‘Love is sinking like a shipwreck … we gotta STEP IT UP & GO’ – Delightful harmonica provided by Colin Dussault is a feature of this track as we continue with the upbeat mood of this album. A track that will get you up out of your seat moving and grooving even before the rock n roll style lead break hits you. 

Austin treats us to an acoustic version of Robert Johnson’s 1936 track RAMBLIN’ ON MY MIND – one of the mere 29 songs he composed during his brief life. A track famous for featuring the first ever solo vocal performance by Eric Clapton on John Mayall’s 1966 cover. This version once again features Colin Dussault on harmonica treating us to a lengthy solo midway through our blues ramble – a glorious version in the classic delta style of the original. 

We ‘leave our heart in a dead mule’s room’ and ‘throw a rope around the GEORGIA MOON’. ‘Tell ole trouble man I’m looking for him’ only stopping to grab a bunch of ‘ripe bananas and a bottle to go’ we ‘comb our head with a catfish back’ and drive on, rocking things back up on this track in order to ‘squeeze a living out of wire ‘n’ wood’.

We ‘spit out blues’ with a further dose of exceptional harmonica from Colin initially in a call and answer style in response to the guitar and vocal of Austin himself before he lets loose with a lengthy holler on the gob iron.

‘This GRAVEYARD TOWN knows nothing but poison rain’ – we settle back into an acoustic style with Austin excelling on slide guitar. ‘Blood flowing down the drain’ we ‘want away from this world of pain’. 

HOLD ON THE NIGHT – Mike Barrick’s bass to the fore as he and drummer Jim Wall provide a fast paced rhythm from the start of this track. Colin is back on harmonica as Austin with his ‘ole guitar slung across his back’ leads the whole band in an upbeat dose of rock n roll. ‘Hold on tight… hold on for your life’ – We are on the blues train ‘riding the rails … back to you’.  An infectious number. The train gathers pace as it travels towards its destination Austin demonstrating exceptional skill as he hoots n hollers before letting rip on the slide guitar.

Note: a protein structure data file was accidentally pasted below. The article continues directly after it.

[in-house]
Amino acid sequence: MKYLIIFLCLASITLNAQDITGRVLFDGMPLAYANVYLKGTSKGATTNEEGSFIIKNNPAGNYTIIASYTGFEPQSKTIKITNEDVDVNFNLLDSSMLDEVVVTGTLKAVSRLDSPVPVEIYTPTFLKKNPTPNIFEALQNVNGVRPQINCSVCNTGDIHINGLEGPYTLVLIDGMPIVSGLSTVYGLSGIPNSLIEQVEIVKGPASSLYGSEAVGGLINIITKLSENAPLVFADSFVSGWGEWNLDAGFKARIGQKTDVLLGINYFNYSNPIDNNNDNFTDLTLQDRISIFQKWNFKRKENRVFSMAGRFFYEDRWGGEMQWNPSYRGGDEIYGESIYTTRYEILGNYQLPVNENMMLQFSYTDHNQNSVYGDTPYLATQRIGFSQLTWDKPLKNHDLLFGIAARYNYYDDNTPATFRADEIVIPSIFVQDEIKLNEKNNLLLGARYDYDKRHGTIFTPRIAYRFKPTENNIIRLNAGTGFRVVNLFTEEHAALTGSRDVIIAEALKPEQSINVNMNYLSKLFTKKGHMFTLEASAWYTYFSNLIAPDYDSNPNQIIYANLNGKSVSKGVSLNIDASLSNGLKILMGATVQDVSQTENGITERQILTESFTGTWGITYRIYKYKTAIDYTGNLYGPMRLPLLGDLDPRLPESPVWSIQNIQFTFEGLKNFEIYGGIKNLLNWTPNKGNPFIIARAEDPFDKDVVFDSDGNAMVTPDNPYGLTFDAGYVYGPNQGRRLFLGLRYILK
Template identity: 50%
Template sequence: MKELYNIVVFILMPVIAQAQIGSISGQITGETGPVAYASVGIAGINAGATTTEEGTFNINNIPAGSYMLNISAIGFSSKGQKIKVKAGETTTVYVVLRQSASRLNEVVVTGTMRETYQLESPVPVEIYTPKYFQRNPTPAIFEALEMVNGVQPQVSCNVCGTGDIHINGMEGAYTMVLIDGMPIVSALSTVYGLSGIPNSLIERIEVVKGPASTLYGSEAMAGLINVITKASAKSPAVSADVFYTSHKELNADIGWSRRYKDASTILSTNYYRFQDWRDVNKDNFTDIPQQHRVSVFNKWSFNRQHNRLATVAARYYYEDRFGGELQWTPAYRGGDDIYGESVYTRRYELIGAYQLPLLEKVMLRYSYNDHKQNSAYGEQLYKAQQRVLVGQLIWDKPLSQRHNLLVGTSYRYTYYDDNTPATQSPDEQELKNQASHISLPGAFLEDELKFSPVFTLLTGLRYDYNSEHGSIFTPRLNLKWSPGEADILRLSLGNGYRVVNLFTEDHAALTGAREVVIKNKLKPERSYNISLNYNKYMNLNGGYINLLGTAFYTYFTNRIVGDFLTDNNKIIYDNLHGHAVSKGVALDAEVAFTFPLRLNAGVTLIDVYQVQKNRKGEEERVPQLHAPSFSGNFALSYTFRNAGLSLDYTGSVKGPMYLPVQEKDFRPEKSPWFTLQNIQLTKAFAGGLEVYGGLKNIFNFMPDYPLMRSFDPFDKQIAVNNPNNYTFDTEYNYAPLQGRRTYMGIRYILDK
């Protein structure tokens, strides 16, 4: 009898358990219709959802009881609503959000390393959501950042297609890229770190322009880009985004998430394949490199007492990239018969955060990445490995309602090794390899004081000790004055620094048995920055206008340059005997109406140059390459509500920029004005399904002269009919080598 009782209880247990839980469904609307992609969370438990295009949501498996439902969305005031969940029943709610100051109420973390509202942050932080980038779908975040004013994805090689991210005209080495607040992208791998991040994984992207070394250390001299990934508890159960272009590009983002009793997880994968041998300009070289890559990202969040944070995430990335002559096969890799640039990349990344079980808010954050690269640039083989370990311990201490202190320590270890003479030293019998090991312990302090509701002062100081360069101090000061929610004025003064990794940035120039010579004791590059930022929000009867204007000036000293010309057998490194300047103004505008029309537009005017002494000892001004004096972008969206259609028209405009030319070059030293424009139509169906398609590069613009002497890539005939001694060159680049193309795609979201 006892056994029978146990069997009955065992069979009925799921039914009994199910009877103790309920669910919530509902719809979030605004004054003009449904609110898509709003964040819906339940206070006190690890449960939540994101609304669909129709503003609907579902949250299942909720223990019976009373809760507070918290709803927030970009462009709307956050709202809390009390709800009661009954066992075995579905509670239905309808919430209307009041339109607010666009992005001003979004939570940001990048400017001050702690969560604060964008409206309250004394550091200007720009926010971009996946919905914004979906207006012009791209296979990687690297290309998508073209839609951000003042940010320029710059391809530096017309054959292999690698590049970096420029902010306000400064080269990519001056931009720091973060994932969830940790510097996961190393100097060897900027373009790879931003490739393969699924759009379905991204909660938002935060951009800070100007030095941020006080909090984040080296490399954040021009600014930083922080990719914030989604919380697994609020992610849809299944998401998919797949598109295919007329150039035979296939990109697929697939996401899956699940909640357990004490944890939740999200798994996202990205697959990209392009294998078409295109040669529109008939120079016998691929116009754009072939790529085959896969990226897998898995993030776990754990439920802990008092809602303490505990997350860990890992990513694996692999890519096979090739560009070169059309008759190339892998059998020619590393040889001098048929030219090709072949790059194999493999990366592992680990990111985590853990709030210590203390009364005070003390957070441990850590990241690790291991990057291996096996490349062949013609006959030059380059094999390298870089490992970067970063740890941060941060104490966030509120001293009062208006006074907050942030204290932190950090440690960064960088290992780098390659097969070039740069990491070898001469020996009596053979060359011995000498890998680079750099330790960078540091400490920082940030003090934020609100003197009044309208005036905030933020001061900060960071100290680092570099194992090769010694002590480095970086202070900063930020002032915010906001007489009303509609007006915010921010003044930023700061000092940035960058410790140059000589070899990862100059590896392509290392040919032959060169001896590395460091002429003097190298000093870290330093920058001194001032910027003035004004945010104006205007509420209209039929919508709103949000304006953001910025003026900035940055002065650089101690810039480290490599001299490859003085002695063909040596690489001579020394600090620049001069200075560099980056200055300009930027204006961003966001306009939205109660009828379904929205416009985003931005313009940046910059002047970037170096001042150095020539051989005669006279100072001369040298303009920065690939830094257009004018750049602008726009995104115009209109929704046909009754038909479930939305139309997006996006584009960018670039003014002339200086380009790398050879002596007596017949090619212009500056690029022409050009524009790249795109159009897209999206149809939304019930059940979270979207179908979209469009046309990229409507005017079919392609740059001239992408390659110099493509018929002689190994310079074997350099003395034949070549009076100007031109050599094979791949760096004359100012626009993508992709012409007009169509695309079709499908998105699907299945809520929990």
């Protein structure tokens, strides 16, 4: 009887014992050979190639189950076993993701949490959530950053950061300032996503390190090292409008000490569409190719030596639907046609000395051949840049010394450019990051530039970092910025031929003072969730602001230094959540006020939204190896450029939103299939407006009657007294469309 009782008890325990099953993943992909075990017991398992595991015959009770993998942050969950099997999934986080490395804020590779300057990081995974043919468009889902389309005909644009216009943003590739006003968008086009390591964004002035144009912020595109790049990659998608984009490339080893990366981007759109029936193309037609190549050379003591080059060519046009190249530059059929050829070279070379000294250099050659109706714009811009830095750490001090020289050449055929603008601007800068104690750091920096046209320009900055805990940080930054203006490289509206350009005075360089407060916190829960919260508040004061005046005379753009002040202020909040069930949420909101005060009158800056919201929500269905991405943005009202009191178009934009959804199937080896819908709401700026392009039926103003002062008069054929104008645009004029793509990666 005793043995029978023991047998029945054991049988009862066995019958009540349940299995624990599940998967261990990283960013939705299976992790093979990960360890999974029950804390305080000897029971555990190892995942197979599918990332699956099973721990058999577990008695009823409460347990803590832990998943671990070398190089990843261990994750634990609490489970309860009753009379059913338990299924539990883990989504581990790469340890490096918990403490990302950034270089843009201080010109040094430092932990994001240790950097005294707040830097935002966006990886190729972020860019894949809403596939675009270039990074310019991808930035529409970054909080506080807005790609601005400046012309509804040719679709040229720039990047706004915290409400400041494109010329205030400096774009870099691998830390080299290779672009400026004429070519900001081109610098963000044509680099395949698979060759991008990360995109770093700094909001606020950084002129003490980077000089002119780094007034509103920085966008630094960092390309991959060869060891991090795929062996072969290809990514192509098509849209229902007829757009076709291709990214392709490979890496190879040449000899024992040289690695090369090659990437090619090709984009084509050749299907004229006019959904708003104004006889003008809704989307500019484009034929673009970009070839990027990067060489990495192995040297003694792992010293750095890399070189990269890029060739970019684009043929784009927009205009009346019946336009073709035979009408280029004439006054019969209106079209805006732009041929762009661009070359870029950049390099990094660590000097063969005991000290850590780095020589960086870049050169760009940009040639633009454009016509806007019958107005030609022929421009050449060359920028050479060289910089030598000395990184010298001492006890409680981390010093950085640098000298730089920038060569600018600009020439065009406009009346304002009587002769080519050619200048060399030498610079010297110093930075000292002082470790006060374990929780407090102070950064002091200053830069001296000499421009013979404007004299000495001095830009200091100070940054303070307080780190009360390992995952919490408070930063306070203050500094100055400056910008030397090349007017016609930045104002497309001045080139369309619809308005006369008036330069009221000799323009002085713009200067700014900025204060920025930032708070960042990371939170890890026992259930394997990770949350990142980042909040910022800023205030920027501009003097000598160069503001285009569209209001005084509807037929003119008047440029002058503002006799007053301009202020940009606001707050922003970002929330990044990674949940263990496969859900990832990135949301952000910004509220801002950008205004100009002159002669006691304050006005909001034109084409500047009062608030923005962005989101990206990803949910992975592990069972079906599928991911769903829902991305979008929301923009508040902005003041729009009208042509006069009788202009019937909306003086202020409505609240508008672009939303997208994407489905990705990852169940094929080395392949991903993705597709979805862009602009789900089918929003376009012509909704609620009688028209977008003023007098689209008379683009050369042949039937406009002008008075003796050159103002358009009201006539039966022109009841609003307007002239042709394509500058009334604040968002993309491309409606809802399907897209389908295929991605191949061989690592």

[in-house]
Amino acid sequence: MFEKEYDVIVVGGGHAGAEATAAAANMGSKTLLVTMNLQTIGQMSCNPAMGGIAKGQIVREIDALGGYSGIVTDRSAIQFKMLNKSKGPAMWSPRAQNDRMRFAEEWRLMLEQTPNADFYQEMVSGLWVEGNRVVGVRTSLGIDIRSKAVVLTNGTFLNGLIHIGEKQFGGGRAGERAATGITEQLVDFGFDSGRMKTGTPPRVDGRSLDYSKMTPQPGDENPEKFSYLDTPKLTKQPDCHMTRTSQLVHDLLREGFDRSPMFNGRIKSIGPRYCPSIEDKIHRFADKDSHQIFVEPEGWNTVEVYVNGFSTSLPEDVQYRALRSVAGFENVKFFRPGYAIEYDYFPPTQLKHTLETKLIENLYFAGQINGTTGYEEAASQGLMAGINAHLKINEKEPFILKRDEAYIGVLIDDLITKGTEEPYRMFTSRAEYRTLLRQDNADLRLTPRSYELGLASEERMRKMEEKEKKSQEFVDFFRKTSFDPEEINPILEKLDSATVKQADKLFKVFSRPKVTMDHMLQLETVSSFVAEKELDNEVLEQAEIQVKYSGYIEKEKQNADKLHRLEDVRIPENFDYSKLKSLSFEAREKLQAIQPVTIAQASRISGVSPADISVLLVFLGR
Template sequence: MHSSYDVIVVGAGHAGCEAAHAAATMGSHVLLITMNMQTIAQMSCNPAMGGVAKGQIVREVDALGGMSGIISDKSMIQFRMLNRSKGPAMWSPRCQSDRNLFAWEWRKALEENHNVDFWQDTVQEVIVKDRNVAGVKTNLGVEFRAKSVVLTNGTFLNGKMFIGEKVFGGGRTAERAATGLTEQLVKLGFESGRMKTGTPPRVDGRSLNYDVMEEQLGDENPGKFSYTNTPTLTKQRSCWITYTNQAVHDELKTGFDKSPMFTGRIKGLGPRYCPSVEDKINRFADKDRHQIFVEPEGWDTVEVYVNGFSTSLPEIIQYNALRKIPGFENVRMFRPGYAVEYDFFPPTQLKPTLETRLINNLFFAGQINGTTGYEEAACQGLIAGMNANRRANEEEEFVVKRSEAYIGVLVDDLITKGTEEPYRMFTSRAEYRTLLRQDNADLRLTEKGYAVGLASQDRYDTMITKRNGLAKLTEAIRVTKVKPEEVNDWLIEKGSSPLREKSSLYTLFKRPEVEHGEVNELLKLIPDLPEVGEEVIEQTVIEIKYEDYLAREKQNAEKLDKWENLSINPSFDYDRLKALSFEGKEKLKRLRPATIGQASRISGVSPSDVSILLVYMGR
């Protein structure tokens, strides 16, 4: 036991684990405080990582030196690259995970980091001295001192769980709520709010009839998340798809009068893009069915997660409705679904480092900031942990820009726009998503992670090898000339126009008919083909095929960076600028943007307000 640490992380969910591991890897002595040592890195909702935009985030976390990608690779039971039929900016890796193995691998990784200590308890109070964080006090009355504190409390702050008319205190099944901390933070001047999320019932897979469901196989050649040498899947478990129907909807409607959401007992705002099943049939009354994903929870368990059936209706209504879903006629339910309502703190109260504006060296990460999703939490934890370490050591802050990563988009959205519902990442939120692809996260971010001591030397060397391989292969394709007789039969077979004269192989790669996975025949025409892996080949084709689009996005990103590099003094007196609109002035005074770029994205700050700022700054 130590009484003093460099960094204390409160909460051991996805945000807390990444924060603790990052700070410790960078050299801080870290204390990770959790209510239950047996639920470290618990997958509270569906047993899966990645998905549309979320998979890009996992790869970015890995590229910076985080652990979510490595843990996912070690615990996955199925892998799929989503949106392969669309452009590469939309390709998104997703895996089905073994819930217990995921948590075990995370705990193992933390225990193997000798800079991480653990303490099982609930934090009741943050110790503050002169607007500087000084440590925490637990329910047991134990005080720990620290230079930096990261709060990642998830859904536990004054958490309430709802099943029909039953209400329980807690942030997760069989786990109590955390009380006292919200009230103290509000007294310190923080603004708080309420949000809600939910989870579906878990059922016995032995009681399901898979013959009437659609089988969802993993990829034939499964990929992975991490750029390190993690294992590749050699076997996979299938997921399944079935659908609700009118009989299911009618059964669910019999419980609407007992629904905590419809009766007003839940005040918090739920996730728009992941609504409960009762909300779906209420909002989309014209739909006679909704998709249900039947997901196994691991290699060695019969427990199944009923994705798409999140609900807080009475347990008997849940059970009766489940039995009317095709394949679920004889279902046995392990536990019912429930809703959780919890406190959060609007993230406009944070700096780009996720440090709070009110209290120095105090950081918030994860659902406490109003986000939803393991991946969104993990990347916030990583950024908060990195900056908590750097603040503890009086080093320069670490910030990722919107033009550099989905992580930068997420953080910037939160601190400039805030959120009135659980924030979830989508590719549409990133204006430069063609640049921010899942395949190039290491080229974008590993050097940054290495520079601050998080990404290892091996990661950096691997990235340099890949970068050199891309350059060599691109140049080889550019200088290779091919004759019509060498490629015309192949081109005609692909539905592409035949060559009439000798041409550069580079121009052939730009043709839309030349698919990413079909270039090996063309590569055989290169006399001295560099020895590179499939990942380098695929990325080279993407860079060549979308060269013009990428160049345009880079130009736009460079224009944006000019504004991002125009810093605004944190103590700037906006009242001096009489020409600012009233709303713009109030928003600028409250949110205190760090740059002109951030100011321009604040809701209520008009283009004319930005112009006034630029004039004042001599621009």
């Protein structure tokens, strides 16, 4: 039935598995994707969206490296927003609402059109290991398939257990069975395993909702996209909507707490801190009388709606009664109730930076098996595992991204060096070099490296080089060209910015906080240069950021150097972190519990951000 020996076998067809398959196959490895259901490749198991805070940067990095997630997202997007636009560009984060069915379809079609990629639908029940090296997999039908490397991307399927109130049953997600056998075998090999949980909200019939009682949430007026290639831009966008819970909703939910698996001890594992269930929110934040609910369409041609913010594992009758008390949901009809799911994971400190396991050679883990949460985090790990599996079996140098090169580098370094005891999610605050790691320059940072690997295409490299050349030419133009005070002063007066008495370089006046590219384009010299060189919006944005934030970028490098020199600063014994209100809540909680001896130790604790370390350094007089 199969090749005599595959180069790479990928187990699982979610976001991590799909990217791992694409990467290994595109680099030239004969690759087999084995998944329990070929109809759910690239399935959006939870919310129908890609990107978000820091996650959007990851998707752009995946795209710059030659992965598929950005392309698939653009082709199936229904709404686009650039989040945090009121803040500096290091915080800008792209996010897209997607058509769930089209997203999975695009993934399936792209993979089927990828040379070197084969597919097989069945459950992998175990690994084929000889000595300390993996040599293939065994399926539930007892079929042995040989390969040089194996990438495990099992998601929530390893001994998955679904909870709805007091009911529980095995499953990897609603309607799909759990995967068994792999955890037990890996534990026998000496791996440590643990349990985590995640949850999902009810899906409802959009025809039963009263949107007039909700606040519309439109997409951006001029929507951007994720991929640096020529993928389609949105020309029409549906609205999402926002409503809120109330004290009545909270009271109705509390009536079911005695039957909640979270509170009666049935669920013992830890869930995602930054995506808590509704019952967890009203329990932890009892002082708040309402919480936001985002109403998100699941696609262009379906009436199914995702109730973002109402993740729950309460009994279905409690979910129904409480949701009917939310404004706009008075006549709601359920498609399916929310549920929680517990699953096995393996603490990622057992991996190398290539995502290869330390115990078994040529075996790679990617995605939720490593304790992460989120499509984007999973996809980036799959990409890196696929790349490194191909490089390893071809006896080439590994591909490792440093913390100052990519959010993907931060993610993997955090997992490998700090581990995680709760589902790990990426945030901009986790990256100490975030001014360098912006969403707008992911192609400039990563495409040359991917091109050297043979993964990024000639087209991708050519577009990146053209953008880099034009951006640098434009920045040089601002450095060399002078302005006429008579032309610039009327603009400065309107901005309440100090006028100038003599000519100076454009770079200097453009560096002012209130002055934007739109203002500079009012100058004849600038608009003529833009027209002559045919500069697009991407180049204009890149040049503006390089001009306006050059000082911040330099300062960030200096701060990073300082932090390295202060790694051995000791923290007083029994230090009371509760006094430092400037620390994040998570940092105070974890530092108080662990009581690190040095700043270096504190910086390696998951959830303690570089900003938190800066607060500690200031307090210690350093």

LATE GREAT SINGER – Written by life-long friend Cleveland’s Chris Allen (co-writer of several songs on this album) when he was just 21 and a staple from his band Rosavelt (the song first appeared on their debut 1997 album Carp & Bones) Austin produces a sterling version of this ballad as he laments ‘never gonna fill Carnegie Hall’. He’s ‘never gonna be the star that you picture’ as his acoustic guitar and soulful vocal accompanies Colin’s exceptional harmonica.

SEE THAT MY GRAVE IS KEPT CLEAN – Austin joins a plethora of artists (Bob Dylan and B.B. King two of the more notable) in ‘asking a favour’ as he covers this Blind Lemon Jefferson number first recorded in 1927. As the ‘church bells toll’ Austin and his gently strummed guitar are joined by one of Cleveland’s finest gospel choirs – The Prayer Warriors – in this beautifully atmospheric rendition of a blues classic. As we build to the dramatic climax our ‘heart stops beating and our hands turn cold’. A fitting finale to this wonderful album.

Sometimes albums do not get the recognition they so richly deserve. A dyed in the wool blues aficionado myself I was not aware either of this artist or album before it was presented to me. If you love authentic blues this heady mixture of electric and acoustic music played by highly accomplished musicians well versed in their chosen art is more than worthy of your attention. 

Austin Walkin’ Cane – a name many will not have heard before.  Following this introduction I shall be checking out further releases from Austin’s nine album catalogue starting with his latest album entitled ‘Muscle Shoals’. If you like your blues authentic, fiery and full of spirit I suggest you do the same. 

http://www.walkincane.com/ 

https://www.facebook.com/austin.charanghat